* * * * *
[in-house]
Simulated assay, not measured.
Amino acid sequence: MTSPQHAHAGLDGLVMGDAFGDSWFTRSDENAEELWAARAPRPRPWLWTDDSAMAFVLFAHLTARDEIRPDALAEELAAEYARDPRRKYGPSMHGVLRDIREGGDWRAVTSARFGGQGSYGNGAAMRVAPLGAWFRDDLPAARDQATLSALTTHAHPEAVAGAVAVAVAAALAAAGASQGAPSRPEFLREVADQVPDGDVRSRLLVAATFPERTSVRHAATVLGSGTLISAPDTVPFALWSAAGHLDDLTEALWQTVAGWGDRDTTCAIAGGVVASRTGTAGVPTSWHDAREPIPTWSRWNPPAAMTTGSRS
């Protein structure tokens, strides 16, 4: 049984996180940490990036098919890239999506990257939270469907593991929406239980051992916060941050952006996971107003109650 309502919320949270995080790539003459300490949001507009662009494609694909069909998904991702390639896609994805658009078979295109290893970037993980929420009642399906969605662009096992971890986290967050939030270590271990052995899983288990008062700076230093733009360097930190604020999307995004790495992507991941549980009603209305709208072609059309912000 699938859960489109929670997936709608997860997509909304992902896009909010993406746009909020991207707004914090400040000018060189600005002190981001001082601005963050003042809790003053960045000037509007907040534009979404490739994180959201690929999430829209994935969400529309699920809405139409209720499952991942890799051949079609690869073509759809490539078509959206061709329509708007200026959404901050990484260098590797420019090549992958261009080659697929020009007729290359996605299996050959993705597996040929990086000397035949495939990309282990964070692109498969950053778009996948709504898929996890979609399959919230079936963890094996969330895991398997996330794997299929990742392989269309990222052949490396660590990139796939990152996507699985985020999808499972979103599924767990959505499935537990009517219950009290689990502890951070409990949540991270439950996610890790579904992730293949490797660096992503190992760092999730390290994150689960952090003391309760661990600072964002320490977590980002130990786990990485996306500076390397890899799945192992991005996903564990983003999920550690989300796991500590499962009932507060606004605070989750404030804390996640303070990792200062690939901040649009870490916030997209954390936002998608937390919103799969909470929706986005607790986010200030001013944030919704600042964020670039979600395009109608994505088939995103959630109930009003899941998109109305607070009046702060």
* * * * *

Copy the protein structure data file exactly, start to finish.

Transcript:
[in-house]
Simulated assay, not measured.
Amino acid sequence: MTSPQHAHAGLDGLVMGDAFGDSWFTRSDENAEELWAARAPRPRPWLWTDDSAMAFVLFAHLTARDEIRPDALAEELAAEYARDPRRKYGPSMHGVLRDIREGGDWRAVTSARFGGQGSYGNGAAMRVAPLGAWFRDDLPAARDQATLSALTTHAHPEAVAGAVAVAVAAALAAAGASQGAPSRPEFLREVADQVPDGDVRSRLLVAATFPERTSVRHAATVLGSGTLISAPDTVPFALWSAAGHLDDLTEALWQTVAGWGDRDTTCAIAGGVVASRTGTAGVPTSWHDAREPIPTWSRWNPPAAMTTGSRS
């Protein structure tokens, strides 16, 4: 049984996180940490990036098919890239999506990257939270469907593991929406239980051992916060941050952006996971107003109650 309502919320949270995080790539003459300490949001507009662009494609694909069909998904991702390639896609994805658009078979295109290893970037993980929420009642399906969605662009096992971890986290967050939030270590271990052995899983288990008062700076230093733009360097930190604020999307995004790495992507991941549980009603209305709208072609059309912000 699938859960489109929670997936709608997860997509909304992902896009909010993406746009909020991207707004914090400040000018060189600005002190981001001082601005963050003042809790003053960045000037509007907040534009979404490739994180959201690929999430829209994935969400529309699920809405139409209720499952991942890799051949079609690869073509759809490539078509959206061709329509708007200026959404901050990484260098590797420019090549992958261009080659697929020009007729290359996605299996050959993705597996040929990086000397035949495939990309282990964070692109498969950053778009996948709504898929996890979609399959919230079936963890094996969330895991398997996330794997299929990742392989269309990222052949490396660590990139796939990152996507699985985020999808499972979103599924767990959505499935537990009517219950009290689990502890951070409990949540991270439950996610890790579904992730293949490797660096992503190992760092999730390290994150689960952090003391309760661990600072964002320490977590980002130990786990990485996306500076390397890899799945192992991005996903564990983003999920550690989300796991500590499962009932507060606004605070989750404030804390996640303070990792200062690939901040649009870490916030997209954390936002998608937390919103799969909470929706986005607790986010200030001013944030919704600042964020670039979600395009109608994505088939995103959630109930009003899941998109109305607070009046702060």